Show you are listening with a nod of the head or the occasional minimal prompt – “yes”, “mmm”, “okay” etc. When you are listening to somebody, take notice of your own body language, facial expression, tone of voice and degree of eye contact. What message are you sending to your colleague? What impact is this having? Also, take notice of the speaker’s tone of voice and body language, etc. What is it they are saying to you? What are they not saying? What is the real issue?

3, Delay the conversation if necessary

Colleagues may wish to speak to you while you are in full flow of your work or in a communal space (faculty office or classroom) with little privacy.

Either decide to stop what you are doing and give your undivided attention to the person in front of you or inject some time. Perhaps by saying: “This sounds important. I am in the middle of something right now. Please can you meet me at (3pm) in (my office) so that I can give you my full attention.”

This strategy can also work well if you are caught off guard and you feel that you may benefit from some additional preparation time for this particular conversation.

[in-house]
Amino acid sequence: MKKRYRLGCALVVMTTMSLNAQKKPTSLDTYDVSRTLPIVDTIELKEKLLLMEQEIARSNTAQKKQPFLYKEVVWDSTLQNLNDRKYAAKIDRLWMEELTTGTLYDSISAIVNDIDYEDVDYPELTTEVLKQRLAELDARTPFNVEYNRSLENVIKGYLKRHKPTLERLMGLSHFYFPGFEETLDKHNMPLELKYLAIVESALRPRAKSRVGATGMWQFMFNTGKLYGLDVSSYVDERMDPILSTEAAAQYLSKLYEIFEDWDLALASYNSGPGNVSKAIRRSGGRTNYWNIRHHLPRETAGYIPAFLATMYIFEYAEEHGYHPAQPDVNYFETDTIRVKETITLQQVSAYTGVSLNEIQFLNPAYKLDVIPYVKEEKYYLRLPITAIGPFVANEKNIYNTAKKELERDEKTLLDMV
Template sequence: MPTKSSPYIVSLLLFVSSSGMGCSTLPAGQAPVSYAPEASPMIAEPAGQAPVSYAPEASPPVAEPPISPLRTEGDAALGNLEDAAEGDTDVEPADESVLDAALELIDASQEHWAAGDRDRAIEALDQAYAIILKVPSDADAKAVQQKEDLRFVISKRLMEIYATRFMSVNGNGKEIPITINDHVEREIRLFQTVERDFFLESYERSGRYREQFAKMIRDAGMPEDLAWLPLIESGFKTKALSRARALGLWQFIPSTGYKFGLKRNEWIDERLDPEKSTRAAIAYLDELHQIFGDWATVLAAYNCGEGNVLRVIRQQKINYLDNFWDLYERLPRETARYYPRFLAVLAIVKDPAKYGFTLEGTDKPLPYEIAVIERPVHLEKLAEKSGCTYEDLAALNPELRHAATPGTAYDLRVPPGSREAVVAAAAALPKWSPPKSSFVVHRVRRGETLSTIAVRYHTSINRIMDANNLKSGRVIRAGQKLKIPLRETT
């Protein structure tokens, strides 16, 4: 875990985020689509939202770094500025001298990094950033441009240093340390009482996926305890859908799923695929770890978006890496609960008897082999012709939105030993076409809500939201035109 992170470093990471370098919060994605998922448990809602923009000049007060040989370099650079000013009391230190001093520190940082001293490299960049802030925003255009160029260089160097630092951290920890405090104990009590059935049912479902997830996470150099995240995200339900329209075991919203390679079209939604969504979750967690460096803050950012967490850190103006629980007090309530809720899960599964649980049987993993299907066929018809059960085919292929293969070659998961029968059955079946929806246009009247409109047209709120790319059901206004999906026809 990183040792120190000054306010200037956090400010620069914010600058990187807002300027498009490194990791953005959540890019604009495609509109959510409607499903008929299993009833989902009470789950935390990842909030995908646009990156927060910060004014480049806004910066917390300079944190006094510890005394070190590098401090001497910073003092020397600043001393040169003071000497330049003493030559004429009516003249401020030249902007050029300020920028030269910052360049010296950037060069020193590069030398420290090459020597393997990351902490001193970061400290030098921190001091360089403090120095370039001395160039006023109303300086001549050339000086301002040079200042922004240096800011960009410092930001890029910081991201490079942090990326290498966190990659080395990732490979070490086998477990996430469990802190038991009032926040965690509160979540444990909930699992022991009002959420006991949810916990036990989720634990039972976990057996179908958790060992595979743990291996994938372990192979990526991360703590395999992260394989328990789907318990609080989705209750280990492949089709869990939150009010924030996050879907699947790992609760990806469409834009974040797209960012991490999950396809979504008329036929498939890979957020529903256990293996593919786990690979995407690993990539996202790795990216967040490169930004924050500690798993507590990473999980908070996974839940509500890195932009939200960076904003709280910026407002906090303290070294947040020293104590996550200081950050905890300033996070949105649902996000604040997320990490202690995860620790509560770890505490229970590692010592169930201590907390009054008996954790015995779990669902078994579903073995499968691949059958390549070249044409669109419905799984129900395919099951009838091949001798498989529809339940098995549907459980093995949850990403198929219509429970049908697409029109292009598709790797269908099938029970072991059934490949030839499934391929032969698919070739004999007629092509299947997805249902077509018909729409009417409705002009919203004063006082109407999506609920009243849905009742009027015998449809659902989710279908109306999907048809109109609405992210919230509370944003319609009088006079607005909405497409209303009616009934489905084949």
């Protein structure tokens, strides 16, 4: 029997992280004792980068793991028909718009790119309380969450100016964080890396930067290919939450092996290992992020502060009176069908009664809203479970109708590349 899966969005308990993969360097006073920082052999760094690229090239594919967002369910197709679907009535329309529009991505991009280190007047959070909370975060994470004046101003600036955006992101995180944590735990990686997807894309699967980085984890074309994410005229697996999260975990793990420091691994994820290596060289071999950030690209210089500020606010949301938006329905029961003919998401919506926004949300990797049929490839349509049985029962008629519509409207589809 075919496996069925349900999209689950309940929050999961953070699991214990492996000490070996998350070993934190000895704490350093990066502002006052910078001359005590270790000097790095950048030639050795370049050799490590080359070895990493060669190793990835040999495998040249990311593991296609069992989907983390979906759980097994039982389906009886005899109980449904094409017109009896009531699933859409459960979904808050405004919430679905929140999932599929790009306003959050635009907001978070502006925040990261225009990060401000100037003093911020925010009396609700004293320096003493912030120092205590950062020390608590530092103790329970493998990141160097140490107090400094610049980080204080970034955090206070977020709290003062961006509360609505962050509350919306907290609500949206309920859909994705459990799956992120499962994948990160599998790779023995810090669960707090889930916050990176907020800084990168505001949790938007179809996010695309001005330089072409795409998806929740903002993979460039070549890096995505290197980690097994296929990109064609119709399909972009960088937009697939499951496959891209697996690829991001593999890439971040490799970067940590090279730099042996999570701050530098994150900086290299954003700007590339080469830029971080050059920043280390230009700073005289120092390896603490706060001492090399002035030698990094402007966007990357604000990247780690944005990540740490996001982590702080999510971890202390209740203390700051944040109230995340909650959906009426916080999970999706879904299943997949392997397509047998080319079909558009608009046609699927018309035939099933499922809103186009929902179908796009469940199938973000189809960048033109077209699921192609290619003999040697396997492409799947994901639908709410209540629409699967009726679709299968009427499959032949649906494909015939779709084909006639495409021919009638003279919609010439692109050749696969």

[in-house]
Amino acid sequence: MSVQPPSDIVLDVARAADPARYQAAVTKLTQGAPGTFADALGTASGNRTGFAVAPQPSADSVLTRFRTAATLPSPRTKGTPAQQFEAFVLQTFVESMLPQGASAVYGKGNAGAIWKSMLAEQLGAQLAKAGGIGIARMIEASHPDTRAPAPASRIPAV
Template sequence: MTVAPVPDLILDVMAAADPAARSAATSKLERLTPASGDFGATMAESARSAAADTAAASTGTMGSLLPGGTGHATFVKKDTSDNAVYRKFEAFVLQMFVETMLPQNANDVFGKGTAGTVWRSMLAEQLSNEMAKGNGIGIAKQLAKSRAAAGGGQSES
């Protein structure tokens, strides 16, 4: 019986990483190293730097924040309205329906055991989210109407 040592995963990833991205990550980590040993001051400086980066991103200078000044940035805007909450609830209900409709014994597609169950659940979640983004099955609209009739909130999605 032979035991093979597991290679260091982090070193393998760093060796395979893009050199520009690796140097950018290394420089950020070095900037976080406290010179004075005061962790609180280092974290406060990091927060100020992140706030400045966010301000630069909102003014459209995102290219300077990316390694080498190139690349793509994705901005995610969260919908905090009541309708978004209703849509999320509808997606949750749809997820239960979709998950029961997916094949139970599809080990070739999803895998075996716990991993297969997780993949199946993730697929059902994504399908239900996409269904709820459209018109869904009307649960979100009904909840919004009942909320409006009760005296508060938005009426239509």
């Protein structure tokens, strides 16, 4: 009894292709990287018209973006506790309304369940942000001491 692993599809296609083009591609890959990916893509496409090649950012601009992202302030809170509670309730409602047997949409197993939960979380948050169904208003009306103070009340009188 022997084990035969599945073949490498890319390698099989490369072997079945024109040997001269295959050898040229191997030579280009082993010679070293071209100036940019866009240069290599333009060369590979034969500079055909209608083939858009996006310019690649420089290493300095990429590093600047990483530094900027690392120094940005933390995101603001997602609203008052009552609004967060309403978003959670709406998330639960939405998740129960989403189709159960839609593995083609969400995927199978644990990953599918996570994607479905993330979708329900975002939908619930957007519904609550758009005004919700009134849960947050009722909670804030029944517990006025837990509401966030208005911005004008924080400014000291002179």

4, Avoid distractions

If the conversation is of a sensitive nature or is confidential and you are likely to be disturbed, move to a quiet space, put up a “meeting in progress” sign and close the door. Avoid obvious distractions by putting your laptop lid down, locking your PC screen, or by silencing email notifications.

Take your office phone off the hook and put your mobile phone away – don’t just turn it upside down on your desk, switch it off and put it out of sight. Consider the message you are sending if you appear to be choosing the interruption of a buzzing message over the person sitting right in front of you. If you are waiting for an important call, warn your colleague in advance so they understand the interruption.

5, Just listen!

When someone really listens to you, it can make us feel supported and that our ideas, thoughts and feelings are valued. Isn’t that what most of us want? Unfortunately, listening is a skill that many of us are poor at or rarely give our attention to.

Consider what is going on in your mind when you are listening. Are you distracted by the never-ending list of jobs that you still have to do today or by an impending school bell? Is the content of the conversation resonating with you and reminding you of when something similar happened to you?